How to film on your phone

1. Find the best lighting

Mobile phone cameras need lots of light to look good. The more light, the less noisy and better the quality your video will be. Film in a well lit area and make sure your talent faces the light.  Avoid top down, harsh lighting that produces unflattering shadows under the talent’s eyes or nose.

2. Choose a good background

Find a quiet space that doesn’t have an echo and consider an interesting background. Depth and colour are often more visually engaging than standing against a white wall. Think about what your video is about and if there is a background that will contextualise your video’s message. 

3. Shoot horizontally 

If you are not planning on uploading your video straight to social media, it’s best practice to film your video horizontally. You can set up your phone on a tripod or use a gimbal to keep your phone steady and level whilst you're filming.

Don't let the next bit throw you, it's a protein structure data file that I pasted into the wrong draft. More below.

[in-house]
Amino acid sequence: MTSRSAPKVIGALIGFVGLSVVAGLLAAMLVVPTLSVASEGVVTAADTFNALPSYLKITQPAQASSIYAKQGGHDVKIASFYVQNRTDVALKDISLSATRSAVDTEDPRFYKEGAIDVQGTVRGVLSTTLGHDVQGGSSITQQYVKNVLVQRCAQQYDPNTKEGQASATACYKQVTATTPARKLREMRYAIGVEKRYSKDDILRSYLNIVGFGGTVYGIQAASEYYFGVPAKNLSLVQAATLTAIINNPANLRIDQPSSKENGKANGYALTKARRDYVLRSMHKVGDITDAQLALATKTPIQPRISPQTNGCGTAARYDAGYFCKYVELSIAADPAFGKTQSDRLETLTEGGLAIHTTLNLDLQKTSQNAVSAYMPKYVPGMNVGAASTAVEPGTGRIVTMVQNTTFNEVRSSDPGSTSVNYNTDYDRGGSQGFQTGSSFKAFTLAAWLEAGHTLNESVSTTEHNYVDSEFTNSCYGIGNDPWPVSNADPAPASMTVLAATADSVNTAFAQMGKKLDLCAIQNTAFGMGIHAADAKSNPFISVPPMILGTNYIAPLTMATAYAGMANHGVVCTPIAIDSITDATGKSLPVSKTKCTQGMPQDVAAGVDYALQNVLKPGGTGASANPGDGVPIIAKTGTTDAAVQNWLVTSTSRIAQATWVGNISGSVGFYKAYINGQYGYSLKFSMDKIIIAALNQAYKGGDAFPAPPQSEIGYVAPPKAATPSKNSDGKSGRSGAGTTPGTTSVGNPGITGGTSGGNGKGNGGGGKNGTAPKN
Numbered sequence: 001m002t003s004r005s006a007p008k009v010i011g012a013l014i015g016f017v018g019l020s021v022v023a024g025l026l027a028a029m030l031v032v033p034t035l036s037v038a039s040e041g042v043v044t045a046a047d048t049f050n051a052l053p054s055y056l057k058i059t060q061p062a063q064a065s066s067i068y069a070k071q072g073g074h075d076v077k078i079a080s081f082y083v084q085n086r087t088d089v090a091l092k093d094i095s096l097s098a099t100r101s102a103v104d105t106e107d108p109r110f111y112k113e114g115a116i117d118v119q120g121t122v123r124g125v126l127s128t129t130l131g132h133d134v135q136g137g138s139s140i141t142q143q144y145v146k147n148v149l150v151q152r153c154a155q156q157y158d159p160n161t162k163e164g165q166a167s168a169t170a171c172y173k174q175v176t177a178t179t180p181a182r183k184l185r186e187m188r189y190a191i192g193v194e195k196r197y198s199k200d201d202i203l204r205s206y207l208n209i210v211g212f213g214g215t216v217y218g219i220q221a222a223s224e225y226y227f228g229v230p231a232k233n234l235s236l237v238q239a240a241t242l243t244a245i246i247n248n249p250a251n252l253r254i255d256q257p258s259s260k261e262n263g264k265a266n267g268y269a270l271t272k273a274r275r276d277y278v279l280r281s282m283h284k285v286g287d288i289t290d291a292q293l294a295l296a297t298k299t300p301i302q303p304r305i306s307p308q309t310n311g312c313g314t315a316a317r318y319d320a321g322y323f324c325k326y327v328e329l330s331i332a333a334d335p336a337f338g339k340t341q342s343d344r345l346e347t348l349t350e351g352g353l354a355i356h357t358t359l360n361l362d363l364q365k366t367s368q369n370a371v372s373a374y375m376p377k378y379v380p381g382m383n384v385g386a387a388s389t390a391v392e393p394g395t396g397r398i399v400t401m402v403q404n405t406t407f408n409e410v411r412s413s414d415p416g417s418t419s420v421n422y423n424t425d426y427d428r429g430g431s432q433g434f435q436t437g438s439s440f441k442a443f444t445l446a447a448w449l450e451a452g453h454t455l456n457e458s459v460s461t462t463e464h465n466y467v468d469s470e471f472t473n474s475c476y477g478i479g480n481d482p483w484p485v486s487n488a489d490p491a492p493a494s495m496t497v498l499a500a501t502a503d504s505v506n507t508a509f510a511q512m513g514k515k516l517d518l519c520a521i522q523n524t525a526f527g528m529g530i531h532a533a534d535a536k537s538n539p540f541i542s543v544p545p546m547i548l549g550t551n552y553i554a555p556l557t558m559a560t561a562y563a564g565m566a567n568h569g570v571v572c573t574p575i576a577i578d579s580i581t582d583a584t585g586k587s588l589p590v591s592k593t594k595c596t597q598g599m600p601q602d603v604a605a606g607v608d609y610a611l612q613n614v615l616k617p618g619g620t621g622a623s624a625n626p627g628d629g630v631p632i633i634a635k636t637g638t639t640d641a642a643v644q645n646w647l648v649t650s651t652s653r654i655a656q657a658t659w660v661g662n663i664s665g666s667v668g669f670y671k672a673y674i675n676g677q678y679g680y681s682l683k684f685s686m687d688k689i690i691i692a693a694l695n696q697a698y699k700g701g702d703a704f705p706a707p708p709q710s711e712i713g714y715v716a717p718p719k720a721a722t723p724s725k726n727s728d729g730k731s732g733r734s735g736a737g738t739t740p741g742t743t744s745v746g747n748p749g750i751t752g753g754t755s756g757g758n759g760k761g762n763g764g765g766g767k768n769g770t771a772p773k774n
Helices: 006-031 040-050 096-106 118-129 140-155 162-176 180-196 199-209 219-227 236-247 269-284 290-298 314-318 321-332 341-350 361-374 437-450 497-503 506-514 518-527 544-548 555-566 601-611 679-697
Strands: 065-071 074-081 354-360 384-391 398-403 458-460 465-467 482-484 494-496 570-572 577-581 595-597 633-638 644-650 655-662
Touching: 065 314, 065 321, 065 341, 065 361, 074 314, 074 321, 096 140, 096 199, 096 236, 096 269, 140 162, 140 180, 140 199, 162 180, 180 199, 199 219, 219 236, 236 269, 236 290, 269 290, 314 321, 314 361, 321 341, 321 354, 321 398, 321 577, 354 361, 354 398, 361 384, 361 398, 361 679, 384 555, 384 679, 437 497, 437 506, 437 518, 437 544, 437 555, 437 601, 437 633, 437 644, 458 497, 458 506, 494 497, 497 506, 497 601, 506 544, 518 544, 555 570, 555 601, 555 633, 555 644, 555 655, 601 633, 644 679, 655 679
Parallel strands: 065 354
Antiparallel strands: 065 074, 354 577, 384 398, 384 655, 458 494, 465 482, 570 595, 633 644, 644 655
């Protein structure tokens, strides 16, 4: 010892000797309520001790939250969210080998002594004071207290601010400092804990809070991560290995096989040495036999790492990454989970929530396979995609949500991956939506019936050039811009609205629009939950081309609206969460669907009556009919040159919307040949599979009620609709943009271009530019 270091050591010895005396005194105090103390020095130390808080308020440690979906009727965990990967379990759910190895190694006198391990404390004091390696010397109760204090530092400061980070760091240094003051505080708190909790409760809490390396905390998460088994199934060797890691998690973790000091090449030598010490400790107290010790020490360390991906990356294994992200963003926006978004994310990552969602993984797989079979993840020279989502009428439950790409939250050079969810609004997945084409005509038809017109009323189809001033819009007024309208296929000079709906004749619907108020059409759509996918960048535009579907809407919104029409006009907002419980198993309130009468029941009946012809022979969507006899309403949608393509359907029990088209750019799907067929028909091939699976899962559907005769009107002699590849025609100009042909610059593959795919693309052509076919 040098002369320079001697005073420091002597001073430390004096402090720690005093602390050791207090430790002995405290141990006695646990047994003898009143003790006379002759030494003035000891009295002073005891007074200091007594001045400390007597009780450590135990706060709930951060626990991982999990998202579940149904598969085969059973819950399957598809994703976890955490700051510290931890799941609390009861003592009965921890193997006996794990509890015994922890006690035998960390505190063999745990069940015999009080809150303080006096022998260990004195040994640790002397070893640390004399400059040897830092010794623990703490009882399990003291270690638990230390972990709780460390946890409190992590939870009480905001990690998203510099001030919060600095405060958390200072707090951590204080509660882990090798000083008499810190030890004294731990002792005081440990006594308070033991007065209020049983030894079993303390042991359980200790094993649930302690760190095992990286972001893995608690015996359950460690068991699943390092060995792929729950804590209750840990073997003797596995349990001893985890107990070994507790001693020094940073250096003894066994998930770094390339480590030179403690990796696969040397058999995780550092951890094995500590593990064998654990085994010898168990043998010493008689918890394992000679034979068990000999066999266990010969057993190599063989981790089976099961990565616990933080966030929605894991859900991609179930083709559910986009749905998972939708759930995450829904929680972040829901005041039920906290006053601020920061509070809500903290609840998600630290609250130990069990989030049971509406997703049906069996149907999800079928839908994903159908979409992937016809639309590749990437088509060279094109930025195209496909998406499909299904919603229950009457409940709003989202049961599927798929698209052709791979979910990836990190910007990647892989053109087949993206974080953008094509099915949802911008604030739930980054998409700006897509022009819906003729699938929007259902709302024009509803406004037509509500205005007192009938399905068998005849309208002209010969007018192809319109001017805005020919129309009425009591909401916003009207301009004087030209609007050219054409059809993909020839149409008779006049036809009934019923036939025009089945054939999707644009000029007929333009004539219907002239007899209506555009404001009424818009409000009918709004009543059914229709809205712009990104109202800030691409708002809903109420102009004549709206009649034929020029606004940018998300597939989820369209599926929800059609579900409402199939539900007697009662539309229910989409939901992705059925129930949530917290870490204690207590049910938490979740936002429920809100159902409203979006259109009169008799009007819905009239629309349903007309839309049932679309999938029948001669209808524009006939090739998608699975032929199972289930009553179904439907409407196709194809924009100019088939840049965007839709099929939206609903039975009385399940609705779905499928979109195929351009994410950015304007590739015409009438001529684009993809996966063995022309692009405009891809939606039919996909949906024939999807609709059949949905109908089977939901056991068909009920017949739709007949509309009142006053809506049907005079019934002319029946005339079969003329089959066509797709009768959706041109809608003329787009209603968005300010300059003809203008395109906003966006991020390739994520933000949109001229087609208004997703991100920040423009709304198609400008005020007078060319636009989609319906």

Additionally, add gridlines on your phone’s camera before you begin filming. You can access this feature either in settings or within the camera app itself.

4. Capture the best audio possible

It’s important to first find a quiet location to film in, then make sure to position yourself close to your talent. Find somewhere with soft furnishings like carpet and sofas to absorb any echo. 

Additional Equipment: There are other solutions to capture high quality audio such as a wireless transmitter and receiver, a mobile specific shotgun mic, or you can even plug a lapel mic into a second phone and just record audio. Your Shootsta editor can sync the video clip with the audio file in editing.  Reach out to us for advice on what to purchase to upgrade your phone captured audio. 

5. Check the focus

Usually, your phone is quite good at finding and focusing on your talent. But if you want to take full control, you can set the focus manually. Tap the subject on your phone's screen that you want to focus on. Then hold down your phone’s focus square to lock it in place. Everything within that square is in focus and it will stay in focus, as long as you or your subject doesn’t move throughout the video.

The focus square also controls the exposure. So locking the focus also locks the exposure. This means if your shot suddenly becomes brighter or darker whilst filming, your exposure will not change to correct it. 

 Lastly, don’t forget to double check your footage after filming!

Need help or have questions? Contact us. We'd love to help!